Up until last week, this brothel seemed untouched by coronavirus fears - but this week has been a very different story.
Up until last week, this brothel seemed untouched by coronavirus fears - but this week has been a very different story.

Brisbane brothel in crisis as virus sends trade limp

A brothel has seen it's client numbers drop by nearly 40 percent since Monday as the COVID-19 crisis grips the nation.

Licensee of Yeerongpilly's The Viper Room Joan Leeds said the change in the flow of trade was swift.

"Up until last week, I'd have to say that we were doing very well," she said.

"And then after all the announcements on the weekend, our turnover dropped this week."

In addition to the downturn in trade, Ms Leeds - who is also a former registered nurse - said she had been forced to turn away employees.

"I've had to exclude any lady who's showing any signs of not being well. Even if they say 'I'm not feeling well' or they have a sniffly nose, we just say don't come to work - and of course that limits your roster," she said.

"Today I've only got three ladies here, but I can't take the risk of putting anyone on who's likely to bring an infection into the premises."

Ms Leeds said the cleaning regime at The Viper Room had always been extensive, but even more precautions had been taken due to the coronavirus threat.

"We have hand sanitiser as you walk in the door. We are doing as we normally do anyway - disinfecting all the touchable surfaces every day. But we're being particularly careful making sure all the door handles and everything is disinfected," she said.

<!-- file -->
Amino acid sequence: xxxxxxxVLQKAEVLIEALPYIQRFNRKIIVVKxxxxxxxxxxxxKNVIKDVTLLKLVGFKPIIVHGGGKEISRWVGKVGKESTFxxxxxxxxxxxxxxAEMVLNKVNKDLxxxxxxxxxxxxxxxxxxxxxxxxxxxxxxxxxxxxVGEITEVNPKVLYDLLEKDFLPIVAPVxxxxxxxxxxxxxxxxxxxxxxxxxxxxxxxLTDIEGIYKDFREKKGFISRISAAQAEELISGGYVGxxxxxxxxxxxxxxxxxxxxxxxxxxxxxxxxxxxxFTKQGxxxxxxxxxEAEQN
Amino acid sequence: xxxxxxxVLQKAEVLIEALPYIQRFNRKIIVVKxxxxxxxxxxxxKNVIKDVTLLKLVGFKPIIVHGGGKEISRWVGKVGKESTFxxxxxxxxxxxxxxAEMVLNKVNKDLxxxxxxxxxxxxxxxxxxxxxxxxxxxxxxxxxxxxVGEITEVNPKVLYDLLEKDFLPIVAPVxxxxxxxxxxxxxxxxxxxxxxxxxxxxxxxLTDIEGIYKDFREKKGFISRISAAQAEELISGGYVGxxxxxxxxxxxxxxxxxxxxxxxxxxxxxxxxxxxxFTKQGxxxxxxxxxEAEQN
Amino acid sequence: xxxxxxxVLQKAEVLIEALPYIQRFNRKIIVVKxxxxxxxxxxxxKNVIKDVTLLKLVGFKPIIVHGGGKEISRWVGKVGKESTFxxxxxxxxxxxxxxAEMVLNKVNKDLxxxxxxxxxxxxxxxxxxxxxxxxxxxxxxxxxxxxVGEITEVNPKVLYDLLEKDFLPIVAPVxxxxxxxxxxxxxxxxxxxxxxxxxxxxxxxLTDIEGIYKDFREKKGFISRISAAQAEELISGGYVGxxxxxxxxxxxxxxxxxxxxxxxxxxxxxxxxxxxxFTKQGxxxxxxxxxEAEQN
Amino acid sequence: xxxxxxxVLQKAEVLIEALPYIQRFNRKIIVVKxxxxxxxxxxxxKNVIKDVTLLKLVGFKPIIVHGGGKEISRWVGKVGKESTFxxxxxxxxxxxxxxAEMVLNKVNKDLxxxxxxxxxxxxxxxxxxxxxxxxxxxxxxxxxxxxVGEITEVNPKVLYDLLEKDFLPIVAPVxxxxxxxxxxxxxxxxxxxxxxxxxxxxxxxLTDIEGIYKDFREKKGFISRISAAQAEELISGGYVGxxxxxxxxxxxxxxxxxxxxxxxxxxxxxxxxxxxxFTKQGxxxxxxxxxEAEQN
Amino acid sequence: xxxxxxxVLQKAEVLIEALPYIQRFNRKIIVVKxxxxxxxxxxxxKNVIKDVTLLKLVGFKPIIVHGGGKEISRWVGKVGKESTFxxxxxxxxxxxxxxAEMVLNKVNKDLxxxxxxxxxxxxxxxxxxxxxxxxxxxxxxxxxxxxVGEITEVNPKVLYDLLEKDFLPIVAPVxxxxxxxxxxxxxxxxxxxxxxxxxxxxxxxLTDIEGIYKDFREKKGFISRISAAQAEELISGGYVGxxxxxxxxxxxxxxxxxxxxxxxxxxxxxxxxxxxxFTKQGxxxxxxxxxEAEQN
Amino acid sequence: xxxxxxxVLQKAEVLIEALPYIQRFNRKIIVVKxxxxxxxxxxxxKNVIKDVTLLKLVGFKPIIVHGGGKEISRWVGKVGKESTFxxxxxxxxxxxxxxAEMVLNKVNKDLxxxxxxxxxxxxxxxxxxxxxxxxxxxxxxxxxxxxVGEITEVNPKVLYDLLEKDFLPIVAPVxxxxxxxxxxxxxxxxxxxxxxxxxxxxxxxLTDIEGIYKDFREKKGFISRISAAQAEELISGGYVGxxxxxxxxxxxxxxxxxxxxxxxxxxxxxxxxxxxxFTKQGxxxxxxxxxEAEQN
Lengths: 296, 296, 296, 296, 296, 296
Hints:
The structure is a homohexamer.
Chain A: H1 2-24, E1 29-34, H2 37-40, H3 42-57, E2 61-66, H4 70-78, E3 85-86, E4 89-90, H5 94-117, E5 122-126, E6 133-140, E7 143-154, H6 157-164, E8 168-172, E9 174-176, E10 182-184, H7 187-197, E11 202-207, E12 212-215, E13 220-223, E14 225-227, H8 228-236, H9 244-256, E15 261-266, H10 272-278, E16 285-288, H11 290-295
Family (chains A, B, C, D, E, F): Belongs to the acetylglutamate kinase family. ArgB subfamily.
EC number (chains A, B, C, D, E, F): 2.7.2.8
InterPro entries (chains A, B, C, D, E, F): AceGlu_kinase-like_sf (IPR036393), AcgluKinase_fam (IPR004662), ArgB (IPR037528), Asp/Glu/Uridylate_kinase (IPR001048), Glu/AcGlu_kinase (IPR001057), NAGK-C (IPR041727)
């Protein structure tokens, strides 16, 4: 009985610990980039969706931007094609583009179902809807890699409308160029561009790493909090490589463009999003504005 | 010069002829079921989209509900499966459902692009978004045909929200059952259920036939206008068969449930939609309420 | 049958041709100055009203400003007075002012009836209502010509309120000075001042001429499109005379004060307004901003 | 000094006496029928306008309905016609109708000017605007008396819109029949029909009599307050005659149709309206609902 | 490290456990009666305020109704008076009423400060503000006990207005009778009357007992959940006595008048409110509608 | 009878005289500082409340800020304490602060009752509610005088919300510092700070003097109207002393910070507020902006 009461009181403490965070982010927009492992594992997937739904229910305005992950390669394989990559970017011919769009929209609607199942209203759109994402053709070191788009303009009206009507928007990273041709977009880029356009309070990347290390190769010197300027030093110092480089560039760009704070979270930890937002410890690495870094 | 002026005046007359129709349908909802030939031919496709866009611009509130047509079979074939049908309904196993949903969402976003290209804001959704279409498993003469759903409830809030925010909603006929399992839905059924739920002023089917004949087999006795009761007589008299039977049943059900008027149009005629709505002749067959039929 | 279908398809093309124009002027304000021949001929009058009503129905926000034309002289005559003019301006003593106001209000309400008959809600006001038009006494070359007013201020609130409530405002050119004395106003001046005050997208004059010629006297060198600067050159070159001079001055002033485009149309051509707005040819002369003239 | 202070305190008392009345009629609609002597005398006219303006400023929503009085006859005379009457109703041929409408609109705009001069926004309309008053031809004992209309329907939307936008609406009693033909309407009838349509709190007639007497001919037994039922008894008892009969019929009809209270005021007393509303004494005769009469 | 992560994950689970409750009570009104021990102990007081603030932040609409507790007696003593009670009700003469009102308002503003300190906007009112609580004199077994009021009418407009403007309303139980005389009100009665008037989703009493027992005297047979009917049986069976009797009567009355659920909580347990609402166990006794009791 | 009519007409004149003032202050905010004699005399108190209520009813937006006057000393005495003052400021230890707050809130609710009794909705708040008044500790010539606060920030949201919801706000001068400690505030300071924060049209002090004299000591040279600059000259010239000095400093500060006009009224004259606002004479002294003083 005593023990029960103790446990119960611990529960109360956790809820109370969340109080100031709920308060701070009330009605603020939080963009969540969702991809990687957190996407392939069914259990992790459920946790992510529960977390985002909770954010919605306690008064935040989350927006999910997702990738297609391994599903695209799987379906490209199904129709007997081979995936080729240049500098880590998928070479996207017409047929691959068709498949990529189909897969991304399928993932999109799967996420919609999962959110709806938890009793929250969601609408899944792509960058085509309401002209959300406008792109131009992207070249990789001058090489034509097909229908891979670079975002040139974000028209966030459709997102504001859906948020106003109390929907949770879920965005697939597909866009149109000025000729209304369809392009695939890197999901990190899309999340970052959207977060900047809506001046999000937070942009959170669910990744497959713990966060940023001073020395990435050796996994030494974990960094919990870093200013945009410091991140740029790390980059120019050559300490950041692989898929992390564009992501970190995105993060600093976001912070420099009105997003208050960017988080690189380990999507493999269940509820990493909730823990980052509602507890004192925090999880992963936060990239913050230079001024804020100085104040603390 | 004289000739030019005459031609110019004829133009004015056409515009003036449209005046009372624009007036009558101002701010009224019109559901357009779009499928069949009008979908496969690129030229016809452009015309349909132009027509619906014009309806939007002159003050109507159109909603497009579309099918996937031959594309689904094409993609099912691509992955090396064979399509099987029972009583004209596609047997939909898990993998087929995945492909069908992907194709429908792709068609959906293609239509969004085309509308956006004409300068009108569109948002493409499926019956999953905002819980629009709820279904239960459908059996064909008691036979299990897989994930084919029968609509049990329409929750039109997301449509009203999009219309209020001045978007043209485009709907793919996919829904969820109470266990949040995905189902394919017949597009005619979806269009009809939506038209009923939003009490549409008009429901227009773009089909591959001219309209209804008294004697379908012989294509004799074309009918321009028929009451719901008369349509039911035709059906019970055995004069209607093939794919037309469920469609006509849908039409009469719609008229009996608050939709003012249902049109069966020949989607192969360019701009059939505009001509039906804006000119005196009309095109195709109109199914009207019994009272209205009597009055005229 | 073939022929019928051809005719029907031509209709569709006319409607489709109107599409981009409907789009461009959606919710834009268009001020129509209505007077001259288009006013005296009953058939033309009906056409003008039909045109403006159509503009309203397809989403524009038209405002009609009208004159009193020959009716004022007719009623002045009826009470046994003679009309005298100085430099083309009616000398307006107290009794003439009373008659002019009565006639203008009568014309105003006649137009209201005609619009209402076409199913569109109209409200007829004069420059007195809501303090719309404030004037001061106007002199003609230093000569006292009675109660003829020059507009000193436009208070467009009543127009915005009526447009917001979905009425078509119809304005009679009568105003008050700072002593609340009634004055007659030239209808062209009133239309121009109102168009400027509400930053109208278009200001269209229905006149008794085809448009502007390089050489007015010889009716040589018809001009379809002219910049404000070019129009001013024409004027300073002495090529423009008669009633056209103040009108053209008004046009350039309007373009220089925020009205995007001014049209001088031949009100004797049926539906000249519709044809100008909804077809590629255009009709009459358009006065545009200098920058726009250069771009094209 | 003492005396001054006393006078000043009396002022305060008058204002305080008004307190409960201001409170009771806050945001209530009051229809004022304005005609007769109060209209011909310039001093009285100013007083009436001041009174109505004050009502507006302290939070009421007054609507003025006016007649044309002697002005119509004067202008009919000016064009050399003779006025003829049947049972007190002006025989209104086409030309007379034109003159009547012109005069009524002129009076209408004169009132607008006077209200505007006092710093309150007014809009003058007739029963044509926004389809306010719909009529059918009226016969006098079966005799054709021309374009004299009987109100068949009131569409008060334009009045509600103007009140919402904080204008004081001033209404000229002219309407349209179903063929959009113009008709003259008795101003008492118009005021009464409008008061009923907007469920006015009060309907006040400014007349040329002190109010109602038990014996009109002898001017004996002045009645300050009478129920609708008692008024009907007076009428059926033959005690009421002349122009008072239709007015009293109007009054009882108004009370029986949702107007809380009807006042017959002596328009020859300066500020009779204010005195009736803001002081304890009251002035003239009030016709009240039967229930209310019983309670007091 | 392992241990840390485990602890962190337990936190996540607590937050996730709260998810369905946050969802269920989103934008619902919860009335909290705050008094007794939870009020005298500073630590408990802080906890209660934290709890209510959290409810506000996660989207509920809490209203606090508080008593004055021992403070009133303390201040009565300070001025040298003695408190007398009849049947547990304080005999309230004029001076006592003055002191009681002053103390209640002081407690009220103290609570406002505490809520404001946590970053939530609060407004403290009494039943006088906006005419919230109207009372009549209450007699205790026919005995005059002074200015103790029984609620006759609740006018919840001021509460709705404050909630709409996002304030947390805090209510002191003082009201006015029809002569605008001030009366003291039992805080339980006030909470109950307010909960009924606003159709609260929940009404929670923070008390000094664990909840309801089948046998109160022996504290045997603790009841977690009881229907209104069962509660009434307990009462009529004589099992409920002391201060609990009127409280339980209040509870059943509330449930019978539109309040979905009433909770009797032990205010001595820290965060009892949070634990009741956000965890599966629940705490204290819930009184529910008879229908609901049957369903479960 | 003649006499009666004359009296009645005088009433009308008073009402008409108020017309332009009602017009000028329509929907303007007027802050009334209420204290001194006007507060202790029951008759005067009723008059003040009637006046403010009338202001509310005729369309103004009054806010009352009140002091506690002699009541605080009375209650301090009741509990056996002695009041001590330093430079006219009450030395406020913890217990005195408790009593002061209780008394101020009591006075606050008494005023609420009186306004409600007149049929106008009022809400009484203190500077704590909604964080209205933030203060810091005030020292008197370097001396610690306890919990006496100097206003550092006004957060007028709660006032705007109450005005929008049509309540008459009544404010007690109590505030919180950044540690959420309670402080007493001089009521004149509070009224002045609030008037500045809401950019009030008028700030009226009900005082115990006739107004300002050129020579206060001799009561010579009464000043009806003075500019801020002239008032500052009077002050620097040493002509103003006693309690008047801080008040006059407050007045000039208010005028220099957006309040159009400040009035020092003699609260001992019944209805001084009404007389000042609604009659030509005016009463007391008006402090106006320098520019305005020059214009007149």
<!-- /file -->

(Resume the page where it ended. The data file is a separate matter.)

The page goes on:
"As an ex-registered nurse, I've always been really neurotic about the hygiene, so you've probably got less chance of getting an infection in here than anywhere because every room is turned over after every booking."

"Our showers and basins are bleached straight after the client leaves. We use disinfectant wipes to wipe down any surface that anybody might be touching, and we're making sure that for the ladies themselves if there's even a hint of a problem, they're not allowed on roster."

Ms Leeds said the business had only this year fully recovered from the floods, and both clients and staff were anxious about what the future might hold.

"It's a very personal service as you can imagine, but a lot of people depend on us for their living. I've got over 50 ladies who work here normally and for a lot of them, it's their only source of income," she said.

"So you've got to be conscious that if I just shut the doors, how long is it going to be? Who's going to pay my rent and my staff?"

"I've got enough cash flow to keep me going for the next couple of months but after that, where do I sit? I've got to try and work it as best I can to make sure that everybody gets paid and is well."

Staff have already been affected by a lack of disposable income in the community, and job losses across many industries would only make that worse, Ms Leeds said.

"The girls are very worried that they're not going to have work. Even the ones that are working, their income has dropped substantially because so many people are now out of work and losing hours that they don't have disposable income - and this is a luxury purchase for a lot of people."

"We've been feeling it for a couple of weeks. The girls have said they've not been able to sell extra services because of it, but now I think a bit of fear has crept in in relation to health."

"Our numbers are down probably 40 percent but our turnover is down 30 percent," she said.

"At the same time, people need touch, especially for our older and disabled clients. We have a lot of older clients and they're the ones who want us to stay here because sometimes, we're the only human contact they have."


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